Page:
Senior Dog Wellness

September is Senior Dog Wellness month!

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Older dogs tend to be affected by chronic conditions, such as arthritis, decreased mobility, and sometimes memory loss.  There are a lot of things you can do to help improve the quality of life of your older dog.

 

We all need to keep an eye on our weight

As your pet ages, his metabolism may slow down, making it easier for him to gain weight.

An estimated 50% of pet dogs and cats in America are overweight or obese.

Overweight dogs are at greater risk for developing hip dysplasia, cruciate ligament injuries, disk disease, and osteoarthritis.

In arthritic overweight dogs, weight loss alone can be enough to alleviate the signs of arthritis.

Studies show that dogs that maintain a lean body weight enjoy a longer life span (by 15%, or nearly 2 years!) and a delayed onset of age-related conditions, such as arthritis.

 

Mobility Aids to prevent injury:2014-09-12 14.12.44

Older dogs may be more prone to slip and fall and injure themselves.  Several things can help them with their mobility.

Ramps or steps to help older dogs get into and out of the car or onto a favorite chair.

Soft bedding and a warm place to rest can help with muscle soreness and pain associated with arthritis.

Good traction on the floor can prevent fall injuries.  This can be accomplished with rubber-backed rugs or booties on the feet.

Several harnesses are available to help you support your dog’s hind end.  Our favorite is the Help Em Up Harness, and we carry all sizes and can fit dogs from 10 lbs to 220 lbs.

 

Exercise is good for Body, Mind, and Soul

Exercise is good for the Body:

Exercise keeps the muscles strong, which, in turn, supports the joints.

Exercise keeps joint fluid healthy, so joints remain limber, lubricated, and nourished.

Exercise helps your pet maintain an appropriate weight.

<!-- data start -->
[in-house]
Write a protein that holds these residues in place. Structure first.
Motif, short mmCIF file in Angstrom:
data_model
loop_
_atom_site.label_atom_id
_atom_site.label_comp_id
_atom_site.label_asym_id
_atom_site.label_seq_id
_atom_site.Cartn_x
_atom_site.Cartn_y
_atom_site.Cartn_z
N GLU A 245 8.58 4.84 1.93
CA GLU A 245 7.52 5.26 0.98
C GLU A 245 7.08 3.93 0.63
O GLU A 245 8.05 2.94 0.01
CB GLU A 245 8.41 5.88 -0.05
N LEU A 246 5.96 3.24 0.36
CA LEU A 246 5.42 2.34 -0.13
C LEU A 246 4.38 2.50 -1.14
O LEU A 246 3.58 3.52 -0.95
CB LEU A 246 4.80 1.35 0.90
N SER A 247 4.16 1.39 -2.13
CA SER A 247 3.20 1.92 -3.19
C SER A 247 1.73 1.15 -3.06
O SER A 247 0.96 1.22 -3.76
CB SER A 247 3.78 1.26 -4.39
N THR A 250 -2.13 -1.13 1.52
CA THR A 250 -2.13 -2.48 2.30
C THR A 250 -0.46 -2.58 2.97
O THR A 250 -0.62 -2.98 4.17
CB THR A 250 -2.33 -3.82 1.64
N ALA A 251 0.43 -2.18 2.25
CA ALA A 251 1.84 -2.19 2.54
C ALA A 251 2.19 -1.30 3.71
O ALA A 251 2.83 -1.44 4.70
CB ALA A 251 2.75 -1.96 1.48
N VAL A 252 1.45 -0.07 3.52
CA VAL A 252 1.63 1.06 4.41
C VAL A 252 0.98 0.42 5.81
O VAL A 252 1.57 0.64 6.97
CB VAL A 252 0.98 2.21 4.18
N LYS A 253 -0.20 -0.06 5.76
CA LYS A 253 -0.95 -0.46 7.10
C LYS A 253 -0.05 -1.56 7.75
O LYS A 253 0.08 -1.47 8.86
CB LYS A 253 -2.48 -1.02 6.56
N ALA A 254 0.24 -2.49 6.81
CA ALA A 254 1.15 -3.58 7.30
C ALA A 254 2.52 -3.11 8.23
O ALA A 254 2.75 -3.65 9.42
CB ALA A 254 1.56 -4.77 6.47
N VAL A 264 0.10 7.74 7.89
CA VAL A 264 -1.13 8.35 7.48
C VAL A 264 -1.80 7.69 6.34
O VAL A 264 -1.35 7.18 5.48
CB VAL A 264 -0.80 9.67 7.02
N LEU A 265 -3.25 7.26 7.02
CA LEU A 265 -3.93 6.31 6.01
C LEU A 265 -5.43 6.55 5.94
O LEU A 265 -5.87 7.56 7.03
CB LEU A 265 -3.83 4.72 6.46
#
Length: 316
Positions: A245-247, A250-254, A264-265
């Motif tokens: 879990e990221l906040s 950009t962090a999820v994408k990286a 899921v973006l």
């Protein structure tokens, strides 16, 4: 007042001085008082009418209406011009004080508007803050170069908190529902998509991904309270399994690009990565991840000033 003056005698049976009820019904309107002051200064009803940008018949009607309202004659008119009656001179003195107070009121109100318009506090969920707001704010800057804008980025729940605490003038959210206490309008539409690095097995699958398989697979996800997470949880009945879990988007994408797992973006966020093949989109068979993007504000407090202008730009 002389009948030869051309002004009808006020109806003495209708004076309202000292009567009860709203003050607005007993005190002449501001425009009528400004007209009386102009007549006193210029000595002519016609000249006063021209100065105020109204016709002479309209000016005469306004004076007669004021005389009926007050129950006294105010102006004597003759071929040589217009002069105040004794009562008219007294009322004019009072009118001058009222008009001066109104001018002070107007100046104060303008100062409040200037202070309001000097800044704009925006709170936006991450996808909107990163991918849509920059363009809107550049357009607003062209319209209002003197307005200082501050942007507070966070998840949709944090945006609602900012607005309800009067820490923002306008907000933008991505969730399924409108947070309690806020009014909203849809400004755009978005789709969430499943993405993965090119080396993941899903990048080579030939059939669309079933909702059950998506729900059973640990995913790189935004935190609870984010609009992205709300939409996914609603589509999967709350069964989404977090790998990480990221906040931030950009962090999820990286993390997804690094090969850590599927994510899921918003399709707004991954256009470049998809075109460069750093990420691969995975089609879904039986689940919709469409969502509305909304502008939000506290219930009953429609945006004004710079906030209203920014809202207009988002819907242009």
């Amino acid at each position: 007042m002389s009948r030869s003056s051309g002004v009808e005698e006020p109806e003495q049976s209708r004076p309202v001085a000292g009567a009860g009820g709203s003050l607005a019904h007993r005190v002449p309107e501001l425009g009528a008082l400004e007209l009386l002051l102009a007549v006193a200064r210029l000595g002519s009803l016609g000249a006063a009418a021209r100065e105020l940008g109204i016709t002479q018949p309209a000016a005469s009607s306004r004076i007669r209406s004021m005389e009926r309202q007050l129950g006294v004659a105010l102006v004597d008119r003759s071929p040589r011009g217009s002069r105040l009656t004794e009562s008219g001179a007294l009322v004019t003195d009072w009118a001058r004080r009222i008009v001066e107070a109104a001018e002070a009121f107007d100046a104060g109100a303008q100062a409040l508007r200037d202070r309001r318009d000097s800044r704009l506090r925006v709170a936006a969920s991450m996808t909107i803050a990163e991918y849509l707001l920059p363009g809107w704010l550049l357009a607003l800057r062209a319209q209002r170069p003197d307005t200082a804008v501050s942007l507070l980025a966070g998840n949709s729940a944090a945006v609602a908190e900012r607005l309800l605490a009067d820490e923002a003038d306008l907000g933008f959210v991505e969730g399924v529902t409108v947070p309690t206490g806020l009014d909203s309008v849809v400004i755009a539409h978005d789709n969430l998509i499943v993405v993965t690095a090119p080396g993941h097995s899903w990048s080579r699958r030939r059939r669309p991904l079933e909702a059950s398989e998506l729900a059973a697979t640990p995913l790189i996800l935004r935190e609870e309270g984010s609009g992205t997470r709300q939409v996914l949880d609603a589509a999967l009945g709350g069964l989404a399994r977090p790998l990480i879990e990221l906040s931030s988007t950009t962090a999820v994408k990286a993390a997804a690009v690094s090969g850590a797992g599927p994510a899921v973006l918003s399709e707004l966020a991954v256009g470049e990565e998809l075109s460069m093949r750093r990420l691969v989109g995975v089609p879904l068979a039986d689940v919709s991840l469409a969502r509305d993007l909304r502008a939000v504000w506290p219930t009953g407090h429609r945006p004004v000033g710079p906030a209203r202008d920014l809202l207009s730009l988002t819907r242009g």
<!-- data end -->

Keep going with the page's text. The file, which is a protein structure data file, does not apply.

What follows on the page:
Exercise is good for the Mind:

Research shows that older dogs that had regular exercise, were socialized with other dogs, had access to novel toys, and were fed a diet that was high in anti-oxidants were better at problem-solving than older dogs that did not receive these advantages.

Exercise is good for the Soul:

Recent studies also show that dogs release the same chemicals that are responsible for the “runner’s high” in people.  So, exercise may make your dog happier!

 


 

4 Comments

  1. Great reasons to keep going. You gotta keep the regimen up for seniors, it’s so important. So many people tend to forget the importance of keeping up muscle strength and mobility. Sure the walks might be slower and shorter but they’re still great ways keep our dogs in shape, no matter what age.

  2. Those sure are great reasons to keep moving!

  3. Mom says that senior dogs and senior humans have a lot in common. They either pack on the pounds or get real thin, and those that were never active become really inactive, active seniors do enjoy remaining as active as possible. The weight thing is the worst battle for most dogs we know. Luckily our senior Katie has actually lost a bit of weight and is still as active as she can be with her arthritis. Great reminder that being a senior doesn’t mean becoming lazy!

  4. Thanks for reminding everyone how important continued exercise is for seniors. Even if its short and sweet, it’s important for them to keep moving.

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